Mantegna and Bellini at the National Gallery

Mantegna and Bellini at the National Gallery

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The Bellini family were arguably the most important and influential of Italian painters in the second half of the 15th century, the head of which was Jacopo, who had a thriving studio in Venice and two sons, Gentile and Giovanni, both of whom excelled in the the art of painting, but it was Giovanni who became one of the greatest artist of the Renaissance. All three worked on a number of altarpieces in Venice, while Gentile was sent on a diplomatic mission to Constantinople to paint the ruler of the Ottoman Empire, Mehmed II. Giovanni was continually experimenting with techniques in applying paint in the manner of artists from the Netherlands and the Tuscan painter Piero della Francesca, making innovative use of perspective, landscape, colour and observed light. Into this exalted artistic dynasty steps Andrea Mantegna, a prodigious talent from a humble background, who met, fell for and married Jacopo Bellini’s daughter Nicolasa. The two men worked closely together at first, with Mantegna leading the way with his astonishing skills, then he was offered the prestigious position of Court Artist to Lodovico Gonzaga II, the Marquis of Mantua. After much deliberation and hesitation, Mantegna accepted and, except for a brief stay in Rome to work for Pope Innocent VIII, remained in the service of the Mantuan Court for the rest of his life. Not much is made of either of the brothers-in-laws’ intertwined lives, other than through painting, and one yearned for more detail on a personal level.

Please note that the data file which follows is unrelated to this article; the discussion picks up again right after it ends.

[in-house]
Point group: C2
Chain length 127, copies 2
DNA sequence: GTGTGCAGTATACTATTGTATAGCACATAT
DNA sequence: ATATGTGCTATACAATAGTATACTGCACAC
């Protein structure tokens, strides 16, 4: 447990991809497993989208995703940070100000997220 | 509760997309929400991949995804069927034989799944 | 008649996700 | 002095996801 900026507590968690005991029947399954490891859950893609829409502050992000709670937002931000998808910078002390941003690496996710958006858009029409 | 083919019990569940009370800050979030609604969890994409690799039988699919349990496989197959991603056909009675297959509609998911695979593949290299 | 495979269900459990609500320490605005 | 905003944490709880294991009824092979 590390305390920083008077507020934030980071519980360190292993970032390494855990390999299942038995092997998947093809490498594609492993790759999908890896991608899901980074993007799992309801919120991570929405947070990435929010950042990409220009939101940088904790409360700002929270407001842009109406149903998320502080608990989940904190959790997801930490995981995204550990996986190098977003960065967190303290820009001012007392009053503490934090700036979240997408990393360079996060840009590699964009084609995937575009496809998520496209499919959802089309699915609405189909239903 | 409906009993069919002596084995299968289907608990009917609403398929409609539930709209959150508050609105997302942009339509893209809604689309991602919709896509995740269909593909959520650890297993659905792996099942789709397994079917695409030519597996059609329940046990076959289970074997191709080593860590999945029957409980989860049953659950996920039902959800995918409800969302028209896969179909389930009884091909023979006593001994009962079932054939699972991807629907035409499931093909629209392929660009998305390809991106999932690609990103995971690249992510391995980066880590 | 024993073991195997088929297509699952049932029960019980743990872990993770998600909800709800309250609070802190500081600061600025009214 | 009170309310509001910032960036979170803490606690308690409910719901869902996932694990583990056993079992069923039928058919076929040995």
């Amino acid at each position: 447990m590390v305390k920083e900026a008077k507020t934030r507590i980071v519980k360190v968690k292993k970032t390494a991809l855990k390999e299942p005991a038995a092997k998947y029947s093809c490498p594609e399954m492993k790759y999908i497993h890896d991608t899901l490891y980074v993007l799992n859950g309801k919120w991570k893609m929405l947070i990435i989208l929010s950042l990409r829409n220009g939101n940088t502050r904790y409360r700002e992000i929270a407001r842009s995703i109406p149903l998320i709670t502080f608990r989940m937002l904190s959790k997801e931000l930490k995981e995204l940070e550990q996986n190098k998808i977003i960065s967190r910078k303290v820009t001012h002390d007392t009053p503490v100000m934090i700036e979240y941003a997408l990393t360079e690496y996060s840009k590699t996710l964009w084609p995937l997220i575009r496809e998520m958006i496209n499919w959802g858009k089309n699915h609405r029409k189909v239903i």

Each artist portrayed Presentation of Christ in the Temple, with remarkably similar compositions, although Mantegna painted his around 1454, and Bellini around twenty years later, possibly even tracing the figures. In his enlarged version Bellini has added a female figure to the left of the Madonna, who is believed to be a portrait of Nicolasa, and two young men to Simeon’s right who are said to be the Bellini brothers. In Bellini’s version, Joseph stares out like Anthony Hopkins from dead-centre, while Mantegna’s tempera painting has him as much older, and even more grave.